Extending the Ripple Effect

Recently WSU launched Ripple Effect a website that bills itself as “an easy and effective way to do enormous good with a single tangible gift for individuals, families and entire villages in developing countries.” The concept works like Heffer International, the WSU site allows visitors to buy various items (a goat, a beehive, a water pump) which are distributed by an NGO operating in Malawi, Africa.

Ripple Effect gathers financial capital
It could be extended to gather Intellectual Capital.

ThinkCycle (2001-02), as described in Nitin Shaway’s MIT doctoral thesis is an example for how to extend Ripple Effect into Intellectual Capital. The project asks “How can we create an environment that encourages distributed individuals and organizations to tackle engineering design challenges in critical problem domains? How should we design appropriate online collaboration platforms, support learning, social incentives and novel property rights to foster innovation in sustainable design? ” Cathy Davidson has coined the term “collaboration by difference” for this general idea.

A recent story in the Daily Evergreen describes WSU Engineers without Borders developing wind turbine for Africa. Their problem statement is “… to make a very cheap, reliable source of energy that won’t need a lot of maintenance.”

About five years ago, CTLT partnered to design a distance offering of Decision Science 470. The students brought problems from their lives and employment; students teams selected one problem of their peers problems to solve collectively. The results were impressive for the students and their employers.

Ripple Effect retains 19% of each donation for indirect costs. An Intellectual Capital version of Ripple Effect would also retain value for the WSU, but in a different way.

In Ripple Effect, capital is applied to problems that have already been identified and whose solution has already been chosen — the farmer without irrigation needs a pump to get water from the nearby stream. The Ripple Effect FAQ mentions that WSU students are involved, but its description is shallow. An Intellectual Capital Ripple Effect would gather problem statements, a la ThinkCycle or the Engineers without Borders, and invite a world audience to contribute expertise to developing solutions. As we learned in DecSc 470, the instructor, at the center would have visibility into problem statements, problem solutions, and other elements of the process. The instructor of DecSc 470 discovered that such access led to new ideas for his research — meta-ideas that arose from mentoring the process. These meta-ideas are equivalent to the indirect costs, a tangible benefit retained from participation in the problem-solving process.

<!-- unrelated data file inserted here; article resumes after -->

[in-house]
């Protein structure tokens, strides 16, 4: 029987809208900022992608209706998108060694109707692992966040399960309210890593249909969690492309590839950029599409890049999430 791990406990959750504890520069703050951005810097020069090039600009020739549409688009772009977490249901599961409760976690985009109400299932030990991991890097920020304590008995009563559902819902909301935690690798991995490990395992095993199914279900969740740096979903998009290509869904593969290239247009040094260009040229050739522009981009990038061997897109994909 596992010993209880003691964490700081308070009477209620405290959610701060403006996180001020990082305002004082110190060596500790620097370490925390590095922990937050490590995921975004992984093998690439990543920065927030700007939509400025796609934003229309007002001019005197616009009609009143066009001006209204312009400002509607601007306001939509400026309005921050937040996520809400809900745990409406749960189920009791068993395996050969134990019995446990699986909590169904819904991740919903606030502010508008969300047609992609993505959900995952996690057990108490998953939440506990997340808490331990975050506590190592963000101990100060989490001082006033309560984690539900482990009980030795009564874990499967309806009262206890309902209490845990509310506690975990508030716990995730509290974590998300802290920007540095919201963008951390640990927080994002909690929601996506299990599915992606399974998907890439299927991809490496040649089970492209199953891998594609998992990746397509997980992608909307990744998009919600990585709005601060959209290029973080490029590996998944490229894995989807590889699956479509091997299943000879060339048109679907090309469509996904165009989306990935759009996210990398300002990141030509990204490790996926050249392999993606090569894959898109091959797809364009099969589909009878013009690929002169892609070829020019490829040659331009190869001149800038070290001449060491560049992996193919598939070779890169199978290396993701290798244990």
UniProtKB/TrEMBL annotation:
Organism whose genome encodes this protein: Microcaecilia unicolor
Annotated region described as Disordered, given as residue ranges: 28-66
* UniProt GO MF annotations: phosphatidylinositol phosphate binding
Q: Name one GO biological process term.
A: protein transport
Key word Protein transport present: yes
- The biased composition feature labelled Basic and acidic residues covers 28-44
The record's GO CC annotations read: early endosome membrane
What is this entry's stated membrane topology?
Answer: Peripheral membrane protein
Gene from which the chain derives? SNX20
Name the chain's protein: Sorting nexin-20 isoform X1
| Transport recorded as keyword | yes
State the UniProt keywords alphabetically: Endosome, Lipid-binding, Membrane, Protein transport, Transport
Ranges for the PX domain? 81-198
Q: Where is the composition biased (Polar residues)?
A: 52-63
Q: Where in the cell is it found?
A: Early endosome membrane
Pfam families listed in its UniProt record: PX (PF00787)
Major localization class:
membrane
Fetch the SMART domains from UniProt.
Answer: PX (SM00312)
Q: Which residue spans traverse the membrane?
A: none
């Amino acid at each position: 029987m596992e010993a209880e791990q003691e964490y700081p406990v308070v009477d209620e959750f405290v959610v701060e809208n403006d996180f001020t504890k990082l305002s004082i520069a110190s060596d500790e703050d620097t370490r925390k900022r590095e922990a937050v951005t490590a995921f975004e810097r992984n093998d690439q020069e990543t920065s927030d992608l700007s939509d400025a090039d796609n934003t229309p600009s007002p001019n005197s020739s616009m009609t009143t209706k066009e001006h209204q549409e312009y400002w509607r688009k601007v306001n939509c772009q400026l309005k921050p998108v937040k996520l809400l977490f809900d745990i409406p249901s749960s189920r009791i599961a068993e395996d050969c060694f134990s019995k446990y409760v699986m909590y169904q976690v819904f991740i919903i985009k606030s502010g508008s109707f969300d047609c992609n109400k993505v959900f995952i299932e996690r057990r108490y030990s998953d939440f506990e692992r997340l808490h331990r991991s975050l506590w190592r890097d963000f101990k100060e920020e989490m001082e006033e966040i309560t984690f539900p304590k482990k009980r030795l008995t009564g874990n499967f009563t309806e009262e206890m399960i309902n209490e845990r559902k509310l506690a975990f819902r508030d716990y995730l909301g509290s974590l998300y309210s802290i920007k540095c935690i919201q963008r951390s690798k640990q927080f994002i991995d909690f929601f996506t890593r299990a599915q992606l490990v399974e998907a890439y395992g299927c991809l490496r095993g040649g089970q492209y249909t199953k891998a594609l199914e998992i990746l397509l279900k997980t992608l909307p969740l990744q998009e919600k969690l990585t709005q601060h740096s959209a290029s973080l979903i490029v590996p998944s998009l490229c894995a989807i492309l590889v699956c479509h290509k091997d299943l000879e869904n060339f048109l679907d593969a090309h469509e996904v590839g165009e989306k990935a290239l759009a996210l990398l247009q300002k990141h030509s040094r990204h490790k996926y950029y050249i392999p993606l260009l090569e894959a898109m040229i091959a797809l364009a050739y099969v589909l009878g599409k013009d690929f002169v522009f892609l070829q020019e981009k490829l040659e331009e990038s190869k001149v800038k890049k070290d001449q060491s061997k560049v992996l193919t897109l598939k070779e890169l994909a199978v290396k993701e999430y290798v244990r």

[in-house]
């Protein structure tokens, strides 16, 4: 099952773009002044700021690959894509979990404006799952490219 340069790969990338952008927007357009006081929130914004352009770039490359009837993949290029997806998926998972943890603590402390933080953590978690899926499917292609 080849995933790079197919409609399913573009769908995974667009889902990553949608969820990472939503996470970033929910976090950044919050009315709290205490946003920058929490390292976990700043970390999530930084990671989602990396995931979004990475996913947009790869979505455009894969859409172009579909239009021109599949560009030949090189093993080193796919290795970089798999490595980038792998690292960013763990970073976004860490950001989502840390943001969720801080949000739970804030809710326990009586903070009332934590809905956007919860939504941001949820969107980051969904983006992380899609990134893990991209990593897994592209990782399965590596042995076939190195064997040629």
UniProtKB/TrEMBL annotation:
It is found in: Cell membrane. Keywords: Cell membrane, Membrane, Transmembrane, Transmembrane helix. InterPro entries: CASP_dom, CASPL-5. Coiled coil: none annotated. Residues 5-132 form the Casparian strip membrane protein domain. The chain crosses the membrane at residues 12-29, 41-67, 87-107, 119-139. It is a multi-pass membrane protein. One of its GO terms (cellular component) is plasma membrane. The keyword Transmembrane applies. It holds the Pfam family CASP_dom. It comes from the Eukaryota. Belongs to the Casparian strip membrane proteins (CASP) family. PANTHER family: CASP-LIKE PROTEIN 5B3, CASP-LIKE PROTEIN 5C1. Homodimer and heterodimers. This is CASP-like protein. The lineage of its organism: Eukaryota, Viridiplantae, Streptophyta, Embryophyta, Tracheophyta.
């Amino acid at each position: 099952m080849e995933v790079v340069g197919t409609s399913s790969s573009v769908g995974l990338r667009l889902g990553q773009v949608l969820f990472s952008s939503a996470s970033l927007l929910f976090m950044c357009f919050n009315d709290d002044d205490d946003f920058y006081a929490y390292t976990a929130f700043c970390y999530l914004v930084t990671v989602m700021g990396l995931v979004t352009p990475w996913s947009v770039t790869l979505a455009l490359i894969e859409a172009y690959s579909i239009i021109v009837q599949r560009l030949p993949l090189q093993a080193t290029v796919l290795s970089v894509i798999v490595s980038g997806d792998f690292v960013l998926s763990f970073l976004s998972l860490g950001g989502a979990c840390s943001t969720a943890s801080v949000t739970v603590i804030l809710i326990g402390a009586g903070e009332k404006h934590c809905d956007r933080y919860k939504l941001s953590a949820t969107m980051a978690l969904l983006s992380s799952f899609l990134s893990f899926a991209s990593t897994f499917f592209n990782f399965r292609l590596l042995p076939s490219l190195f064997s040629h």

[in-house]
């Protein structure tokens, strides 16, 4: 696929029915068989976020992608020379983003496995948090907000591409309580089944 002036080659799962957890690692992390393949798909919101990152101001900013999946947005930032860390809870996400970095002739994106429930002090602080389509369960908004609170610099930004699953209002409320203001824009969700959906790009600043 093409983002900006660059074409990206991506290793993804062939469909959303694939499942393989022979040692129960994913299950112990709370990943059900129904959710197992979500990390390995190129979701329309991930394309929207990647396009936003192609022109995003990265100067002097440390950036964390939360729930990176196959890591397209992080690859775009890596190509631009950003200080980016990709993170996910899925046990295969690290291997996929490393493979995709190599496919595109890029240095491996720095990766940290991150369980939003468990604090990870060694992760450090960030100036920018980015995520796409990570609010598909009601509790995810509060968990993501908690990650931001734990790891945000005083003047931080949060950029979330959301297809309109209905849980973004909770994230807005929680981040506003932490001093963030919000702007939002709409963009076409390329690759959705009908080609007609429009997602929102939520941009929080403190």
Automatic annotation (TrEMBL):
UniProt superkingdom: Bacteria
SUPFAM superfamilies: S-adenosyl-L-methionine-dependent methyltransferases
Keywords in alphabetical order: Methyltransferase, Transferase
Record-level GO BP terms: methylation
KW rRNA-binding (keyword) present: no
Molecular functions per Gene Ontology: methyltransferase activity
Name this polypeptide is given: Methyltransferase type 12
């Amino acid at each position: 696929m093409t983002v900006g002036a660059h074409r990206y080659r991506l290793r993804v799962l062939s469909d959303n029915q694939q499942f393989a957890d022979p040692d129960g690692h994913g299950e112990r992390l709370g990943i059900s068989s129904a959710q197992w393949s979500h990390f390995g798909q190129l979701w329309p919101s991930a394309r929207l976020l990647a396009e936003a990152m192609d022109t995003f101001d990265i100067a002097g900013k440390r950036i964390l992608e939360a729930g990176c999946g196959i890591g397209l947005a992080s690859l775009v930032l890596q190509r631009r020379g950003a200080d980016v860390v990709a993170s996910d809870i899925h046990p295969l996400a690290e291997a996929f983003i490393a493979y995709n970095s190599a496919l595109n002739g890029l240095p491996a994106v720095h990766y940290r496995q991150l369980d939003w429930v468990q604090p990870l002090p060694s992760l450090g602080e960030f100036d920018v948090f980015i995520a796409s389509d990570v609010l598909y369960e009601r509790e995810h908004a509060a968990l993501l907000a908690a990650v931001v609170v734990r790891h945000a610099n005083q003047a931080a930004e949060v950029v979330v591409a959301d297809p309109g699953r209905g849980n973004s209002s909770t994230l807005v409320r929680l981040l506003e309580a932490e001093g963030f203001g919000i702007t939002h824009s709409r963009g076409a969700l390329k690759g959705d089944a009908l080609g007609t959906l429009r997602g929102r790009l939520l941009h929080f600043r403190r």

The DecSc 470 process produced artifacts that were used to credential students in that course. Last year’s Engineers without Borders produced an electronic portfolio that could been a credentialing tool. DecSc 470 worked in a threaded discussion inside a course space. Now we might advocate the course use blogs (to recruit help a la ThinkCycle), and with that more public process, we could easily add a Harvesting Gradebook.

2 Responses to “Extending the Ripple Effect”

  1. nils_peterson Says:

    Recent speech by Prez Floyd regarding WSU Extension ties to this idea here. His talk is at the bottom of the page. Talks about roles as facilitator and coach.

  2. More Back@U mockups and an example application « Community-based learning Says:

    […] have posted his problem and invited help at a site (perhaps facilitated by an NGO or WSU’s Ripple Effect) where others could have given feedback on the problem statement. Further, imagine that the site […]

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